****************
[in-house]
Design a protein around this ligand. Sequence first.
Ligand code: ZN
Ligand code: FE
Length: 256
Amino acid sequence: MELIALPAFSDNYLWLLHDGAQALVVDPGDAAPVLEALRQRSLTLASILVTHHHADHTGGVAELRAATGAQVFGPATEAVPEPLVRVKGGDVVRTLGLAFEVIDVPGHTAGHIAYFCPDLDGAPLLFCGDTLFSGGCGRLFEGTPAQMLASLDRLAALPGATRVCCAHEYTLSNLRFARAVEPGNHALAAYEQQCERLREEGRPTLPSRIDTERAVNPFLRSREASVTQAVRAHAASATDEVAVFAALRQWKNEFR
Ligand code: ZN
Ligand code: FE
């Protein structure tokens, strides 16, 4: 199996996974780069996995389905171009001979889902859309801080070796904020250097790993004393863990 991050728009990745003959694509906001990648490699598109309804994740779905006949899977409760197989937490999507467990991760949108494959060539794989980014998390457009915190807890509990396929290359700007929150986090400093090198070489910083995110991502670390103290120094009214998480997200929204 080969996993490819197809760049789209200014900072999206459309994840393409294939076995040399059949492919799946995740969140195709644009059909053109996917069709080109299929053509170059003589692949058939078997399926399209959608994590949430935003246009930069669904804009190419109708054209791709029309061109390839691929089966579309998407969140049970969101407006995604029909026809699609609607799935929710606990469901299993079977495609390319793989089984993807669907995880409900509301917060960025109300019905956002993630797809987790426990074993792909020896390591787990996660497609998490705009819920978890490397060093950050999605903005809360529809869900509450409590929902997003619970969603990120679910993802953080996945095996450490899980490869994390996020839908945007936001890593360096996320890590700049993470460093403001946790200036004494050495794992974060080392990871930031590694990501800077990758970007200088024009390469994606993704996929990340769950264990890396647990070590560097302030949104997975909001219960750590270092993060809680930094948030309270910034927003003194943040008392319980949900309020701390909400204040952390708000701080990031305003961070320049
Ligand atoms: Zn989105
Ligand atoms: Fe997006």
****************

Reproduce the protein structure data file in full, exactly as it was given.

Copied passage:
[in-house]
Design a protein around this ligand. Sequence first.
Ligand code: ZN
Ligand code: FE
Length: 256
Amino acid sequence: MELIALPAFSDNYLWLLHDGAQALVVDPGDAAPVLEALRQRSLTLASILVTHHHADHTGGVAELRAATGAQVFGPATEAVPEPLVRVKGGDVVRTLGLAFEVIDVPGHTAGHIAYFCPDLDGAPLLFCGDTLFSGGCGRLFEGTPAQMLASLDRLAALPGATRVCCAHEYTLSNLRFARAVEPGNHALAAYEQQCERLREEGRPTLPSRIDTERAVNPFLRSREASVTQAVRAHAASATDEVAVFAALRQWKNEFR
Ligand code: ZN
Ligand code: FE
């Protein structure tokens, strides 16, 4: 199996996974780069996995389905171009001979889902859309801080070796904020250097790993004393863990 991050728009990745003959694509906001990648490699598109309804994740779905006949899977409760197989937490999507467990991760949108494959060539794989980014998390457009915190807890509990396929290359700007929150986090400093090198070489910083995110991502670390103290120094009214998480997200929204 080969996993490819197809760049789209200014900072999206459309994840393409294939076995040399059949492919799946995740969140195709644009059909053109996917069709080109299929053509170059003589692949058939078997399926399209959608994590949430935003246009930069669904804009190419109708054209791709029309061109390839691929089966579309998407969140049970969101407006995604029909026809699609609607799935929710606990469901299993079977495609390319793989089984993807669907995880409900509301917060960025109300019905956002993630797809987790426990074993792909020896390591787990996660497609998490705009819920978890490397060093950050999605903005809360529809869900509450409590929902997003619970969603990120679910993802953080996945095996450490899980490869994390996020839908945007936001890593360096996320890590700049993470460093403001946790200036004494050495794992974060080392990871930031590694990501800077990758970007200088024009390469994606993704996929990340769950264990890396647990070590560097302030949104997975909001219960750590270092993060809680930094948030309270910034927003003194943040008392319980949900309020701390909400204040952390708000701080990031305003961070320049
Ligand atoms: Zn989105
Ligand atoms: Fe997006």